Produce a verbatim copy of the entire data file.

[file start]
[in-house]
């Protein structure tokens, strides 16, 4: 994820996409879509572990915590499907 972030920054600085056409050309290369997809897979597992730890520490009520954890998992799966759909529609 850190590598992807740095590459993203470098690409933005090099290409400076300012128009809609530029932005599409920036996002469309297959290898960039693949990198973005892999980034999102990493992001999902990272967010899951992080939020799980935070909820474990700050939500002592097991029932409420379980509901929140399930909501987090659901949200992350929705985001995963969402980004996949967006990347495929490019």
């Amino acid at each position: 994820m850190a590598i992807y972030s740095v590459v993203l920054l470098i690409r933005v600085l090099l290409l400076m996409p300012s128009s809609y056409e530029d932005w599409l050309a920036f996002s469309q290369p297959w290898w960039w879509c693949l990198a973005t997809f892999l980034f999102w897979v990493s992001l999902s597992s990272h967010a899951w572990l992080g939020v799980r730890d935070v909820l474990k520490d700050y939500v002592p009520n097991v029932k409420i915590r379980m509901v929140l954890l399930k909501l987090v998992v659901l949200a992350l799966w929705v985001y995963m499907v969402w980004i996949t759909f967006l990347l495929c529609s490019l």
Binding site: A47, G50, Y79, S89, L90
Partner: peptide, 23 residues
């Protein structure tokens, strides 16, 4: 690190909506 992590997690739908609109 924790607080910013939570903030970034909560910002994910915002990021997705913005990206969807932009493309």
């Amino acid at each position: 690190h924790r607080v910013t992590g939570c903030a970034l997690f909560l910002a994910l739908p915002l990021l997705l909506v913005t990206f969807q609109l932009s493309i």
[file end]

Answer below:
[in-house]
């Protein structure tokens, strides 16, 4: 994820996409879509572990915590499907 972030920054600085056409050309290369997809897979597992730890520490009520954890998992799966759909529609 850190590598992807740095590459993203470098690409933005090099290409400076300012128009809609530029932005599409920036996002469309297959290898960039693949990198973005892999980034999102990493992001999902990272967010899951992080939020799980935070909820474990700050939500002592097991029932409420379980509901929140399930909501987090659901949200992350929705985001995963969402980004996949967006990347495929490019």
């Amino acid at each position: 994820m850190a590598i992807y972030s740095v590459v993203l920054l470098i690409r933005v600085l090099l290409l400076m996409p300012s128009s809609y056409e530029d932005w599409l050309a920036f996002s469309q290369p297959w290898w960039w879509c693949l990198a973005t997809f892999l980034f999102w897979v990493s992001l999902s597992s990272h967010a899951w572990l992080g939020v799980r730890d935070v909820l474990k520490d700050y939500v002592p009520n097991v029932k409420i915590r379980m509901v929140l954890l399930k909501l987090v998992v659901l949200a992350l799966w929705v985001y995963m499907v969402w980004i996949t759909f967006l990347l495929c529609s490019l």
Binding site: A47, G50, Y79, S89, L90
Partner: peptide, 23 residues
């Protein structure tokens, strides 16, 4: 690190909506 992590997690739908609109 924790607080910013939570903030970034909560910002994910915002990021997705913005990206969807932009493309």
């Amino acid at each position: 690190h924790r607080v910013t992590g939570c903030a970034l997690f909560l910002a994910l739908p915002l990021l997705l909506v913005t990206f969807q609109l932009s493309i």